Corresponding author: ivanka [dot] mihaljevic [at] hztm [dot] hr (ivanka [dot] mihaljevic [at] hztm [dot] hr)

 

Molecular diagnostics of viral blood transmissible infections

 

Jasna Bingulac-Popovic

Croatian Institute of Transfusion Medicine, Zagreb, Croatia

Nucleic acid amplification techniques (NAT) for viral testing have experienced a rapid development during the last 30 years and have been revolutionized the diagnosis of infectious diseases, particularly viral diseases. NAT has reduced the use of viral culture based methods and serological assays, because of faster turnaround time and significant shortening of window period. The introduction of fully automated platforms has allowed molecular diagnostic laboratories to report sensitive and accurate results. The goals obtained by NAT provide fast, highly sensitive, specific and accurate results which improve patients following and care. The use of molecular techniques such as real-time PCR or polymerase chain reaction with sequence specific oligonucleotide probes (PCR-SSOP) for virus detection, genotyping and quantification have high sensitivity, reproducibility and a broad dynamic range. A great number of qualitative and quantitative molecular virus assays, mostly based on RT-PCR technology have been described. Automation of these methods provides analysis of smaller volume of sample, ease performance and speed, low contamination risk, as well as better standardization.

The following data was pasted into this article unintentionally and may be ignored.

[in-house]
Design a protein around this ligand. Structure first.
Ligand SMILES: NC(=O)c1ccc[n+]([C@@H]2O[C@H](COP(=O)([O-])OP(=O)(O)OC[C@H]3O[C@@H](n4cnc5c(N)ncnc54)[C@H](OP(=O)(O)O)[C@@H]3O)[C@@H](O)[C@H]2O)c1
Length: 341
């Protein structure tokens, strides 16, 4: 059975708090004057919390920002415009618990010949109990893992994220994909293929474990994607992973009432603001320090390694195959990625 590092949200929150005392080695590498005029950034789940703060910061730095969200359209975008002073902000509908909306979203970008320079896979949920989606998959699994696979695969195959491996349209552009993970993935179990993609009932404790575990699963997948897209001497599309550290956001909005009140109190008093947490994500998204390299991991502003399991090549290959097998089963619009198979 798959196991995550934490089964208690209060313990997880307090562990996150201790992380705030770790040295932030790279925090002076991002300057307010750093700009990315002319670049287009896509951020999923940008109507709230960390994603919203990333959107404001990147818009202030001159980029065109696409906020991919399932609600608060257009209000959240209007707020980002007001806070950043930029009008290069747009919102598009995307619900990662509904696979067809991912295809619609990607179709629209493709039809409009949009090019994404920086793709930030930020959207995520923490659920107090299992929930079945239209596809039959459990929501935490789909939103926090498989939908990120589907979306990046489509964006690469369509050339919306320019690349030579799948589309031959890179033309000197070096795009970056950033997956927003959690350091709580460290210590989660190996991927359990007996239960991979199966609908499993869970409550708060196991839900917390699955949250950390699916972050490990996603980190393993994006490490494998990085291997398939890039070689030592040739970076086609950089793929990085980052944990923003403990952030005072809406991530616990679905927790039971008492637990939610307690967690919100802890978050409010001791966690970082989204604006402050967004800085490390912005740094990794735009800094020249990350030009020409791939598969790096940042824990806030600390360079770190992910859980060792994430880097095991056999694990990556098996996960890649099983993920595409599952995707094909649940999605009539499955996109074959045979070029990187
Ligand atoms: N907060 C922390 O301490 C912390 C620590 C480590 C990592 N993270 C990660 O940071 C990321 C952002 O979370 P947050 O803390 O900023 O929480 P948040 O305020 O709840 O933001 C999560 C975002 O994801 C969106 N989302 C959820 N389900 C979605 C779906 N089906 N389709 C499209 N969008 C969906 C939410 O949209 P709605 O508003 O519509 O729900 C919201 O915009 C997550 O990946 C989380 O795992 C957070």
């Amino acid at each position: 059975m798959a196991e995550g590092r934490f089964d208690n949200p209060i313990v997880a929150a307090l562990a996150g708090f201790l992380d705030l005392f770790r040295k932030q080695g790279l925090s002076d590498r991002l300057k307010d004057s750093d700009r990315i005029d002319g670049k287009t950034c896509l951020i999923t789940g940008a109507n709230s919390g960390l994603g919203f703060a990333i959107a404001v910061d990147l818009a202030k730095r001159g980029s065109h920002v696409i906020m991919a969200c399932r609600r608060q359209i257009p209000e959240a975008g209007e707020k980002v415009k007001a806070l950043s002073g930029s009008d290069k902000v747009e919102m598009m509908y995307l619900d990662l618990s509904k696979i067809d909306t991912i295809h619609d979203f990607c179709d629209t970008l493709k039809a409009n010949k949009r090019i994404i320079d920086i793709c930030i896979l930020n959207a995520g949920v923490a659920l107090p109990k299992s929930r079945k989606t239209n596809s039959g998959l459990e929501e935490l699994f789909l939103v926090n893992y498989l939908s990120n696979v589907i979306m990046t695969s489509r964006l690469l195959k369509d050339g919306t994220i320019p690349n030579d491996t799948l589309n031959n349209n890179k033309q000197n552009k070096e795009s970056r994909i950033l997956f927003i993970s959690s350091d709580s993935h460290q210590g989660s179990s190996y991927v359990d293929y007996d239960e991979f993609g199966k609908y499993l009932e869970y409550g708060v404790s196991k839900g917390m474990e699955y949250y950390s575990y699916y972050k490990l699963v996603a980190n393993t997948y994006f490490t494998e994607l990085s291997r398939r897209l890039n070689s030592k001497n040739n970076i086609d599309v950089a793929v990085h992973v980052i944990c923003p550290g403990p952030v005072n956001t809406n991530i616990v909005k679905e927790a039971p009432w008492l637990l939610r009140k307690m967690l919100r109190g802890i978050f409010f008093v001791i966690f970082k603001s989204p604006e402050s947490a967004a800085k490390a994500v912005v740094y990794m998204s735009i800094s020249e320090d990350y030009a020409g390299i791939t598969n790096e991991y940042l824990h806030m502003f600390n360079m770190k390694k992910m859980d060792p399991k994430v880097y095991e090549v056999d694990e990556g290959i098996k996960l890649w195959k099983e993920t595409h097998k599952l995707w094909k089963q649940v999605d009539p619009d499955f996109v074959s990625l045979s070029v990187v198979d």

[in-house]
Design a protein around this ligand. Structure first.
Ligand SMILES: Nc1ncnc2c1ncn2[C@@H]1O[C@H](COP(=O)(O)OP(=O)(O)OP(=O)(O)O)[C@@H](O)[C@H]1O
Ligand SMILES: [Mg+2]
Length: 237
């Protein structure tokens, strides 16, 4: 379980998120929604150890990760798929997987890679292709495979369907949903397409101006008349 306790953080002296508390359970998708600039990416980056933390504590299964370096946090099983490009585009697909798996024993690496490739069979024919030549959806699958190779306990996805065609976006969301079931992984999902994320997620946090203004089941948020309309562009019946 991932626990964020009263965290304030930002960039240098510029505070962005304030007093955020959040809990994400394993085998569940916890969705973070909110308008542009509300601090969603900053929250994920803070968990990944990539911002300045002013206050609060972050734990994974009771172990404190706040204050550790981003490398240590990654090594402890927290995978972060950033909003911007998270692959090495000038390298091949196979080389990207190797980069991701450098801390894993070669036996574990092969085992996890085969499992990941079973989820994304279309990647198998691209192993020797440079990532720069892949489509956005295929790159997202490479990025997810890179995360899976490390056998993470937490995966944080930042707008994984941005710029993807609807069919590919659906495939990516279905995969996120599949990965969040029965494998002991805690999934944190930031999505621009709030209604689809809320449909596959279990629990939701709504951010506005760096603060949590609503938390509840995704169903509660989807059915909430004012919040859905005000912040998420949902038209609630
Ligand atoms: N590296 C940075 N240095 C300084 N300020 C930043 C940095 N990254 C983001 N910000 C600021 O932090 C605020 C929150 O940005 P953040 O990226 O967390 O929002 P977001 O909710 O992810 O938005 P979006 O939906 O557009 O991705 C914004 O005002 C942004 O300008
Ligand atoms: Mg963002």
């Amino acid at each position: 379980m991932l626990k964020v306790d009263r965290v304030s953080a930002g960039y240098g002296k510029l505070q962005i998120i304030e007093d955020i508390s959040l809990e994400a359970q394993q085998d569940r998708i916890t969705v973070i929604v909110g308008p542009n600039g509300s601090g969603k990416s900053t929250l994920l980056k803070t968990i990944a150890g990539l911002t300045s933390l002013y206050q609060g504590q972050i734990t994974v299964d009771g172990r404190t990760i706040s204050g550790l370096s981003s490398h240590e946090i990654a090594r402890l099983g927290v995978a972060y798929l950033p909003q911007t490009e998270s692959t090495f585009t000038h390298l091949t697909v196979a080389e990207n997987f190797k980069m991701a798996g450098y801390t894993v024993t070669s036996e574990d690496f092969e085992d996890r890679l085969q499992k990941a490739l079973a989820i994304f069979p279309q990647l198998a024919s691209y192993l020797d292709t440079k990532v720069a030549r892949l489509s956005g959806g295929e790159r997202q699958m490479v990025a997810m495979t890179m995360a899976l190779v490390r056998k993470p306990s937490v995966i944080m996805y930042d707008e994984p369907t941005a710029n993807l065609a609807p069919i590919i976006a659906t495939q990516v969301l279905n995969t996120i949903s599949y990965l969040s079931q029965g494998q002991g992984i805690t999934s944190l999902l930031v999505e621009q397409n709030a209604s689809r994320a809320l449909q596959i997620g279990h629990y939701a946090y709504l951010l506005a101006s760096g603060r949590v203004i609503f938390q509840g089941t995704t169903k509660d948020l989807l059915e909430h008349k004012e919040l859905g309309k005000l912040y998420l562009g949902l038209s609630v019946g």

The risk of transfusion-related infections dates back to the historical beginning of large scale transfusions in 1900s years. Because of potential transmission of virus during window period, NAT testing have implemented in many developed countries in blood screening. Monitoring the residual risk of systematically screened viruses, i.e. HIV, HCV and hepatitis B virus, is a priority for blood transfusion all over the world. Emerging/re-emerging agents are also the subject of active surveillance because some of them have been proven to be transmissible by blood, such as the West Nile, Chikungunya and Dengue viruses. Microarrays and advanced sequencing systems with highly sophisticated software’s, contribute to the faster correlation between virus significant for transfusion medicine and the disease.  This lecture will focus on the application of different molecular technology in the viral molecular diagnostic laboratory in transfusion service.